The pastor this morning asked us to think about that “moment” when you felt a mother’s love for your child. She started by describing the pregnancy and the feel of the baby within and the developing love as you bonded with this new creation. And then those first few moments after birth….and the first days and weeks when your love grew. The process is so very different when you are part of a system – the foster care system.
I was “in love” with Micah from the moment I first saw him in the hospital bassinet….barely listening to the social worker tell my sister and I about him. Yearning to pick him up as she briefly left to find a set of mismatched clothes to put on him. Staring at him in the back seat of the car….well, staring at the back of the carseat facing the other direction. Giddy about getting him home and holding him. In awe during the first few middle of the night feedings. I was in love.
But it was not a “mother’s love” – I was not his mother. There was a qualifier in front of the word. “Foster.” It was always there – “I am a foster mother.” This is my “foster” child. We have “foster” children. It was not until Micah was 22 months old that I could jump over the “foster” word and leave it out altogether. Not until that moment in the court room with tears welling up in my eyes and my heart so full of love that I could fully claim to be a mother….that I could claim him as my son.
So that love was a journey….a push and pull….an embracing of the little boy and a slight holding back in fear and worry that it might not work out….that he might return to his biological mother. Yet I had a sense with him that it was almost 100% okay to love him. Similarly, it seemed so certain with Noah. He was two days shy of his first birthday when I was told that I was his mother, though the love had blossomed long before then.
And then there was Seth. Seth began with a phone call that asked if I was ready to “adopt another?” I honestly wasn’t prepared to answer that within the 15 minutes that they wanted a call-back. I knew at that time that I was struggling with Micah’s behaviors. That Noah was just embarking on his two-year independence regime. That I was ramping up work on a new nonprofit organization. It was a busy time. Yet….and yet…Seth was blood brother to the boys. My answer was “yes to the fostering… time will tell about adoption.”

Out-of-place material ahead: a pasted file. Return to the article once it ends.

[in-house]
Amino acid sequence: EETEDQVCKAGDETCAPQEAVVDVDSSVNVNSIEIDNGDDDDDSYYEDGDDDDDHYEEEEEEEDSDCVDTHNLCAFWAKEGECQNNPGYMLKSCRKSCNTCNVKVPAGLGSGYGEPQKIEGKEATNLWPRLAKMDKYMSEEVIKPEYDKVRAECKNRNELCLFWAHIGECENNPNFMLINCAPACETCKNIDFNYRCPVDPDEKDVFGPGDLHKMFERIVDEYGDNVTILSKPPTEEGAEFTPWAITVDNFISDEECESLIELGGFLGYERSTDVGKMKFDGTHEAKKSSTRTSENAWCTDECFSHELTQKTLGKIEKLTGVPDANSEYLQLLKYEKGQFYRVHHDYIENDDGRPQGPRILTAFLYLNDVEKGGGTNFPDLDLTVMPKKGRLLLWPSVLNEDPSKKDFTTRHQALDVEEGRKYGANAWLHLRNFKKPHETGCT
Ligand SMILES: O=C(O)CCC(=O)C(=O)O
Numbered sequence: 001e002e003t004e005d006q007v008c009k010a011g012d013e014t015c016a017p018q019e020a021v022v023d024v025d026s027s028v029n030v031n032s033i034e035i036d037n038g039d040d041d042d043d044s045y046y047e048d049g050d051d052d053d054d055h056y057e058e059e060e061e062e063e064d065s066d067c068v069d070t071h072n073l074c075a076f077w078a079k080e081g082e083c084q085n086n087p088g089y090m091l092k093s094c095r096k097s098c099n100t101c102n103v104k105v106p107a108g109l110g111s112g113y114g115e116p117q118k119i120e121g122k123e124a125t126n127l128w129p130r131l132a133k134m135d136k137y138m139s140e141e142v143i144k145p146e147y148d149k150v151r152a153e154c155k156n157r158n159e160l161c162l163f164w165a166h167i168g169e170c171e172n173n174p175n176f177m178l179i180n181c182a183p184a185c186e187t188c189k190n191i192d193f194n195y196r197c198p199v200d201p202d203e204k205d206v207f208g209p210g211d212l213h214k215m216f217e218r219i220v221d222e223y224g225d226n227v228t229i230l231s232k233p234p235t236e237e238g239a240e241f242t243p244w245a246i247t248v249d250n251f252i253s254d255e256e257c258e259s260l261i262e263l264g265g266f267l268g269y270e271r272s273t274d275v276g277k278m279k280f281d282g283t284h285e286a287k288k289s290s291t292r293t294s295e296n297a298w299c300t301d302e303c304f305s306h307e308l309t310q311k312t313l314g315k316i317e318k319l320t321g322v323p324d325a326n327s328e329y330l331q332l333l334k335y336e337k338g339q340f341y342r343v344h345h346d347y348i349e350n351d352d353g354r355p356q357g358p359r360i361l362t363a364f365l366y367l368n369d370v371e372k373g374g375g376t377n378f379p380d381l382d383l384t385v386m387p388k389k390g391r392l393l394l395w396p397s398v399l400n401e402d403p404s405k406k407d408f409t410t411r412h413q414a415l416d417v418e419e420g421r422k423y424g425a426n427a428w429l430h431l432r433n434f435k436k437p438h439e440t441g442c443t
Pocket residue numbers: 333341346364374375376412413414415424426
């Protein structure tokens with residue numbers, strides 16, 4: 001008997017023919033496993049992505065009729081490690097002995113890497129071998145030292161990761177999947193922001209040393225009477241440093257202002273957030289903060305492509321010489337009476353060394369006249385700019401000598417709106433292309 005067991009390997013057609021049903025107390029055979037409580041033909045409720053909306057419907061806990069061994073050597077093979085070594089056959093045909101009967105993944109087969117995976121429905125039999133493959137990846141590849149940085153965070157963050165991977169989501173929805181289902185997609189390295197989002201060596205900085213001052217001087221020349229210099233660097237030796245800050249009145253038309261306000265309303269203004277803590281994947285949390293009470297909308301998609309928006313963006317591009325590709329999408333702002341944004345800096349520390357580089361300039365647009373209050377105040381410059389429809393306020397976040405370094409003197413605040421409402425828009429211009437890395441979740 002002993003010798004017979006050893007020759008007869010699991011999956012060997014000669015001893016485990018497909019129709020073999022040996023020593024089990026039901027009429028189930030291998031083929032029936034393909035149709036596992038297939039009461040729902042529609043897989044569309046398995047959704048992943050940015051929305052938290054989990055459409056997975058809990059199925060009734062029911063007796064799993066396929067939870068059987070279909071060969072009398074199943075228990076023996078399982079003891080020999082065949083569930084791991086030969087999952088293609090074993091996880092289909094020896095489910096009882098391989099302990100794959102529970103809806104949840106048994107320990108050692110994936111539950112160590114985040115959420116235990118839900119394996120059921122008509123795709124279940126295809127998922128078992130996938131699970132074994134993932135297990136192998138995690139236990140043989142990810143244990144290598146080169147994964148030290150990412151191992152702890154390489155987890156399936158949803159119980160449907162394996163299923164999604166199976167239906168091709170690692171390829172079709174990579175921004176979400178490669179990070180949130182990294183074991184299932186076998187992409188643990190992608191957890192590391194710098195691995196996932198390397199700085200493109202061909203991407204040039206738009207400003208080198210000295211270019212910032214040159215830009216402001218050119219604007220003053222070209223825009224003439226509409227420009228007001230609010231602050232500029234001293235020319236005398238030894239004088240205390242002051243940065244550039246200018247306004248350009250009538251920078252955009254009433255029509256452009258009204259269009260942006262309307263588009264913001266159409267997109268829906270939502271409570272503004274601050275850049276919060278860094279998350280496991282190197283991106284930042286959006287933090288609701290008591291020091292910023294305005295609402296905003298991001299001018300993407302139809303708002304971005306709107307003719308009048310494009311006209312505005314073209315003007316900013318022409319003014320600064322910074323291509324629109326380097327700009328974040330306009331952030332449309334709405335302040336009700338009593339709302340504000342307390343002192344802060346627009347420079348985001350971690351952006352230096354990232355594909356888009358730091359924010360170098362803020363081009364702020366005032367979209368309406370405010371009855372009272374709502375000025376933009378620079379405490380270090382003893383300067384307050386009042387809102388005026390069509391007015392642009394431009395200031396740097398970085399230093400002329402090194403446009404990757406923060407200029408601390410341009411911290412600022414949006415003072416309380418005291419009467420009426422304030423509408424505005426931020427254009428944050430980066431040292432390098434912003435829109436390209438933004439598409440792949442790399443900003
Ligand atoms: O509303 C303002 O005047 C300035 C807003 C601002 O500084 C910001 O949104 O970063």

Two days after picking him up from the hospital, we went on vacation to the beach. I spent the week bonding with him – shocked and nervous about another boy. Trying to convince myself that this would and could work out. By the end of the week I was ready to be mother to another. And….a letter sat in our mailbox waiting for us to come home. A letter from a man in prison professing his love for his newborn son. Happy that he had a home to stay in until his father would be free to come get him. Struck down, I cried.
For months I received at least weekly letters and drawings from the alleged father. For months I tried to offer Seth a mother’s love while trying to protect my heart from the pain that was coming. For months I tried to talk to Micah about this “father” who would take Seth someday. Months and months (8 months and 6 days to be exact)….until the paternity testing. We celebrated with a cake and my heart began to take away a brick or two, a shingle, a siding…open up some space…and let the mother love take hold.
- To love is a very precious thing.
- To become a mother is a very difficult journey.
- To know of motherly love is very ephemeral
- It is only in moments that you might touch it
- Moments when you kiss the head of the sleeping child on your chest in security and comfort
- Moments when you rejoice in the first touchdown or goal, heart welling with pride
- Moments when you point to an adult and tell your 5-year-old “Someday, boy, you can be just like him. You can do whatever you want to do,” knowing of the dreams you have
- Moments when you realize they are the air that you breathe, the last thought before you sleep, the face you delight in in the morning.
- Cherished, loved, (entirely frustrating and maddening at times) and so delightfully mine.
My three sons…(minus the “foster”).
Happy Mother’s Day!